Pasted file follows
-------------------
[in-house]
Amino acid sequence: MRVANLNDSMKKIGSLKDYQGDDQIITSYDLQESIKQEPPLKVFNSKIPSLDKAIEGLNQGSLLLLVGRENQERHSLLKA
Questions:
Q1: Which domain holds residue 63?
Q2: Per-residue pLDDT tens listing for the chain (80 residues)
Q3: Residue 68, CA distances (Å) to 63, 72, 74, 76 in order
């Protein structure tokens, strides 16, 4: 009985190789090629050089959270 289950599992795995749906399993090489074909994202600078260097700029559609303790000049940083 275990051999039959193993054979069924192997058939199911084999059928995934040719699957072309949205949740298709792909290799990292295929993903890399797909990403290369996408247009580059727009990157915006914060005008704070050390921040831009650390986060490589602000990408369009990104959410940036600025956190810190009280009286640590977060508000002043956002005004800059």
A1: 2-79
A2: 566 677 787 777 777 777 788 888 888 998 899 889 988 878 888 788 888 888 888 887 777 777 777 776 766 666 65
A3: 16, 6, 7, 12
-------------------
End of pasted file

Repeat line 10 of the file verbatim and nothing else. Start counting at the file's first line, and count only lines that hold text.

A3: 16, 6, 7, 12